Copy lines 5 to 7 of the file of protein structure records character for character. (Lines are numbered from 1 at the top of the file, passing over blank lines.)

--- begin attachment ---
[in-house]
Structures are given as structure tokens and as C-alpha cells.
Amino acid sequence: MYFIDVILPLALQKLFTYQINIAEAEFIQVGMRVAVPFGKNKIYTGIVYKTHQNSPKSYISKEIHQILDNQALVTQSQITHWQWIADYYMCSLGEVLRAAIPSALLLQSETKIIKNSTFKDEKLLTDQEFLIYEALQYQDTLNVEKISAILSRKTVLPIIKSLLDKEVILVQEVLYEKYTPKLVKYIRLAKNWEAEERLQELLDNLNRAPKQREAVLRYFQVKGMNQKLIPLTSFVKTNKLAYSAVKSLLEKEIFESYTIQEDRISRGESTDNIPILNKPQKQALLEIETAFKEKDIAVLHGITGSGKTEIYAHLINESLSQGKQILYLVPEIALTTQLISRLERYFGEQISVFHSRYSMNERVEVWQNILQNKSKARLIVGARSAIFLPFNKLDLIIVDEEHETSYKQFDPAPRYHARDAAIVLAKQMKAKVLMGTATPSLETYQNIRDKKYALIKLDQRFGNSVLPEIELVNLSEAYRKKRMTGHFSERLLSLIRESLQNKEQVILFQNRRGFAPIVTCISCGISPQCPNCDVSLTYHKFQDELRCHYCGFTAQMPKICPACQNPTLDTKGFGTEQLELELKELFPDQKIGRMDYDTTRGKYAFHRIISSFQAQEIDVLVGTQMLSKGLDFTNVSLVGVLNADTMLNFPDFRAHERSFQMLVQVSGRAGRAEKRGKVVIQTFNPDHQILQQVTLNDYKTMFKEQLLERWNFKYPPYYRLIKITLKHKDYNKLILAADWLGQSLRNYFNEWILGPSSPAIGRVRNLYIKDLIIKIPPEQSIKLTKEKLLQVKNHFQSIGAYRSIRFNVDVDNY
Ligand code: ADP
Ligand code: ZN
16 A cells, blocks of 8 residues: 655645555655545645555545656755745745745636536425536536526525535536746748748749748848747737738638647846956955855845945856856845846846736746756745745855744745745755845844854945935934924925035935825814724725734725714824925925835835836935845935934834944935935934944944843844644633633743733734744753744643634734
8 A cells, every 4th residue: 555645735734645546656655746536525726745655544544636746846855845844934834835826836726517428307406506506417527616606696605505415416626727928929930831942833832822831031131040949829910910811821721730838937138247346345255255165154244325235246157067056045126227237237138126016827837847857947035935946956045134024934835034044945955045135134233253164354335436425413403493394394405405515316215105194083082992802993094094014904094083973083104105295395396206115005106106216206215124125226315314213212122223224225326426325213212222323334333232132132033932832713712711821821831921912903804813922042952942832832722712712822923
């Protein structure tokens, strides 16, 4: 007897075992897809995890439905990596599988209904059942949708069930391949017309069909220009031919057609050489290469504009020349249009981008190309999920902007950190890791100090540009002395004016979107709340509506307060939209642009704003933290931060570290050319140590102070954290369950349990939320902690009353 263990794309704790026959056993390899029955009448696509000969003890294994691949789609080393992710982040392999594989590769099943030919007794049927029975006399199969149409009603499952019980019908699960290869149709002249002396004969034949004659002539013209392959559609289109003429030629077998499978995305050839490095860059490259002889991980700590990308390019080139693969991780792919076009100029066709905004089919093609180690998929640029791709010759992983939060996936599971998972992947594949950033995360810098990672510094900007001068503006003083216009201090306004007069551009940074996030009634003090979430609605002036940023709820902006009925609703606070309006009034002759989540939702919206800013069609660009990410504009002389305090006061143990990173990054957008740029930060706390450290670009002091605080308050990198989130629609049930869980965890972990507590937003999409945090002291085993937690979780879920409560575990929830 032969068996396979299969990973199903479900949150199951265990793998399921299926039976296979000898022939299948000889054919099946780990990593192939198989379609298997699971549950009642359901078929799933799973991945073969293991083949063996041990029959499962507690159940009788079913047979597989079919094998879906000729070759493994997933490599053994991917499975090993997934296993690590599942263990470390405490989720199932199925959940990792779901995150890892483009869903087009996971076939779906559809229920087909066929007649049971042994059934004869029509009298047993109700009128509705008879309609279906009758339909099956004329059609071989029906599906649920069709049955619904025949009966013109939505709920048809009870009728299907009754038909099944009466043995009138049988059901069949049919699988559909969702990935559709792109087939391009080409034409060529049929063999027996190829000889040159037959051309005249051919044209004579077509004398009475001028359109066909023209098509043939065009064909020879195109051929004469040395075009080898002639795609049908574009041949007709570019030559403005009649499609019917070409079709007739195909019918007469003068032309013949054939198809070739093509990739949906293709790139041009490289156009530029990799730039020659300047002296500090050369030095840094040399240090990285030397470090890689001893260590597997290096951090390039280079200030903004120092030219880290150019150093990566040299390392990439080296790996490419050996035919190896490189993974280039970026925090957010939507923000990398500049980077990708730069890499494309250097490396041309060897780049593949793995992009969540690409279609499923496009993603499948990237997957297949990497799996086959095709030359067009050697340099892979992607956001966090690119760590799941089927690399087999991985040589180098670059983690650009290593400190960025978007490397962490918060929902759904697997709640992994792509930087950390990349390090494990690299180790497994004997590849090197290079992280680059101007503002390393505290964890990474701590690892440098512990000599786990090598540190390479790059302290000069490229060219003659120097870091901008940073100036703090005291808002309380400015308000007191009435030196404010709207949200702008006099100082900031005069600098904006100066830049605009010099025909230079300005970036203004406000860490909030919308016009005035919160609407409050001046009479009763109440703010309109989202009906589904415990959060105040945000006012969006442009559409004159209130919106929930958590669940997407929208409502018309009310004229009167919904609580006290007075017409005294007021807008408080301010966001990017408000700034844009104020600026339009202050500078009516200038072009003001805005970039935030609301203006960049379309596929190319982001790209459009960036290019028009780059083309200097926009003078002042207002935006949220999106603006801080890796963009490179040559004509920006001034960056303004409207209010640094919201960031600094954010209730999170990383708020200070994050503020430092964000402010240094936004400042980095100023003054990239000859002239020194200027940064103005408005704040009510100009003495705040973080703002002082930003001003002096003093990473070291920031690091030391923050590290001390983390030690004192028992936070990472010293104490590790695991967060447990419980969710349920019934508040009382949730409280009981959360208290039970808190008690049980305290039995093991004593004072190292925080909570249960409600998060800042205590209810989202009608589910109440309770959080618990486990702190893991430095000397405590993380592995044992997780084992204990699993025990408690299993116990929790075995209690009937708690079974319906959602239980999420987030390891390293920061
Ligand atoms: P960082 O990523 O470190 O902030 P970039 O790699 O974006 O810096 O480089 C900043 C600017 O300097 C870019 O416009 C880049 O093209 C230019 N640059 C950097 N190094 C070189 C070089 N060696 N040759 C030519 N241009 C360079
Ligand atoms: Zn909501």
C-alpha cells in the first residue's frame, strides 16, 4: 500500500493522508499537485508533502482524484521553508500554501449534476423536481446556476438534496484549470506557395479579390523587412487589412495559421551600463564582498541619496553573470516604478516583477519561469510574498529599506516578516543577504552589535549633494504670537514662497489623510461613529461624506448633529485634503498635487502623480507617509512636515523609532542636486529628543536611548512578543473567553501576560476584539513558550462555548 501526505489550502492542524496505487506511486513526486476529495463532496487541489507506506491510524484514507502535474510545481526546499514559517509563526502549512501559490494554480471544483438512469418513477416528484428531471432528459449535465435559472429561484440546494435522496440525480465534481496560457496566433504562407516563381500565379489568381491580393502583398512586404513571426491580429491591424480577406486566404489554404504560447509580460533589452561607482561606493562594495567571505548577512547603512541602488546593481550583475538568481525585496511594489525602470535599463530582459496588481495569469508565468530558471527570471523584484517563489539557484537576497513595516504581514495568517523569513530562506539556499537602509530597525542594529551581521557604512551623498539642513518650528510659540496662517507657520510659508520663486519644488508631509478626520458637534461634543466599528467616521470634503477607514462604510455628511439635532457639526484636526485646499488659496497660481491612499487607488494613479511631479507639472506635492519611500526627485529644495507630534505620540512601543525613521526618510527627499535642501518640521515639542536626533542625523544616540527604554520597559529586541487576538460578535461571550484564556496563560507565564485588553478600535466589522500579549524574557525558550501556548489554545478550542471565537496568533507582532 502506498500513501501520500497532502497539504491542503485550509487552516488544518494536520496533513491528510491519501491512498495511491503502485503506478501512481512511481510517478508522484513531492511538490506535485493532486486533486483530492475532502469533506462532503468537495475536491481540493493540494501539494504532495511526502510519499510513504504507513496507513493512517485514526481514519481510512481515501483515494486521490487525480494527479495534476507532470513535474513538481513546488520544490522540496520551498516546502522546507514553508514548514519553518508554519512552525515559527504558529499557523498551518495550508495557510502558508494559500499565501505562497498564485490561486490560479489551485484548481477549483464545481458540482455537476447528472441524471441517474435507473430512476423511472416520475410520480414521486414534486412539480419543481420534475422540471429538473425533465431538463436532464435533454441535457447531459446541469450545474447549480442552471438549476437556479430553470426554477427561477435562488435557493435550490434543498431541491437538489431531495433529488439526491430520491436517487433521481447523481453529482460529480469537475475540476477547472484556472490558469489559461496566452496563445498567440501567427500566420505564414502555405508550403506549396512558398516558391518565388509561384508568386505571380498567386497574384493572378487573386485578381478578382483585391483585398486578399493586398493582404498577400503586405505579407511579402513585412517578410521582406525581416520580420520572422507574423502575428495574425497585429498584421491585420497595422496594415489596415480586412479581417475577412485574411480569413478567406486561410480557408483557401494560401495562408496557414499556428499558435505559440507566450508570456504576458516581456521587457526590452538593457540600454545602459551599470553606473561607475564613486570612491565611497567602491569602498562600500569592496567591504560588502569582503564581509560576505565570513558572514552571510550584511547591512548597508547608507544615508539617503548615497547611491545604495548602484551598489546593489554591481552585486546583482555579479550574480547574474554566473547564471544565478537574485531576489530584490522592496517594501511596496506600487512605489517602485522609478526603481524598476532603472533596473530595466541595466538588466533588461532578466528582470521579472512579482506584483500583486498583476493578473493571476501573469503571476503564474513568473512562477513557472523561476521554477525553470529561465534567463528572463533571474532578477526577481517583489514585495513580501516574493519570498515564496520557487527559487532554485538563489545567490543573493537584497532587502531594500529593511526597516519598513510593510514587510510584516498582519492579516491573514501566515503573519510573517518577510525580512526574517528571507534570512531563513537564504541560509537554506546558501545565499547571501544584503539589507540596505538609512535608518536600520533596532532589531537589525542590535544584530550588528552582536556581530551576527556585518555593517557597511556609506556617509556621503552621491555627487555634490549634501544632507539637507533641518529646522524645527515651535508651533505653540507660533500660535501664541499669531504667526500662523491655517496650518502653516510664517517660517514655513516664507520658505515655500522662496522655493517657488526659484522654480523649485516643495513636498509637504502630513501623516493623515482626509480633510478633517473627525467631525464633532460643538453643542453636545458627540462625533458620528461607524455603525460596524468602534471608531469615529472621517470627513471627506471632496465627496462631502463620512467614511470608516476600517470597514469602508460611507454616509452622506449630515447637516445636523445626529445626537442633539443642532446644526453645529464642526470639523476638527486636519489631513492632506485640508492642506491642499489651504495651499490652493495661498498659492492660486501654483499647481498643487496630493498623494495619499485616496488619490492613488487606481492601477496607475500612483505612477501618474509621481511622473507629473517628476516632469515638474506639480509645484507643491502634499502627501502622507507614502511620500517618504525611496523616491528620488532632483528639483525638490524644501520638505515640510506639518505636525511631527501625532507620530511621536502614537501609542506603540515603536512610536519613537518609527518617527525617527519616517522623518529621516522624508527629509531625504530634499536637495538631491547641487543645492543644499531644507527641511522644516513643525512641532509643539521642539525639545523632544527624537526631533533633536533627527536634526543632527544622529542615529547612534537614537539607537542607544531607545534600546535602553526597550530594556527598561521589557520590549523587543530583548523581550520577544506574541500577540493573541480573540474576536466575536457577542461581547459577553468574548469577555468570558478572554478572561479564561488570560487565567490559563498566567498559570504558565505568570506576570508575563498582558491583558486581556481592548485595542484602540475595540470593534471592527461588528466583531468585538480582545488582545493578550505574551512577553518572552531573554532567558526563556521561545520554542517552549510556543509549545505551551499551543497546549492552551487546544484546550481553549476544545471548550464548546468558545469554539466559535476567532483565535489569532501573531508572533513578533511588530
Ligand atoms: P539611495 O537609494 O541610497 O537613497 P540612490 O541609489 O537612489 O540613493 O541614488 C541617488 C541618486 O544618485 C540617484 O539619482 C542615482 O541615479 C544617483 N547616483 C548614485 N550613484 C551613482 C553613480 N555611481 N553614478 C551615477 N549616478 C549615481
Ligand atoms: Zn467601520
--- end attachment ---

Ligand code: ZN
16 A cells, blocks of 8 residues: 655645555655545645555545656755745745745636536425536536526525535536746748748749748848747737738638647846956955855845945856856845846846736746756745745855744745745755845844854945935934924925035935825814724725734725714824925925835835836935845935934834944935935934944944843844644633633743733734744753744643634734
8 A cells, every 4th residue: 555645735734645546656655746536525726745655544544636746846855845844934834835826836726517428307406506506417527616606696605505415416626727928929930831942833832822831031131040949829910910811821721730838937138247346345255255165154244325235246157067056045126227237237138126016827837847857947035935946956045134024934835034044945955045135134233253164354335436425413403493394394405405515316215105194083082992802993094094014904094083973083104105295395396206115005106106216206215124125226315314213212122223224225326426325213212222323334333232132132033932832713712711821821831921912903804813922042952942832832722712712822923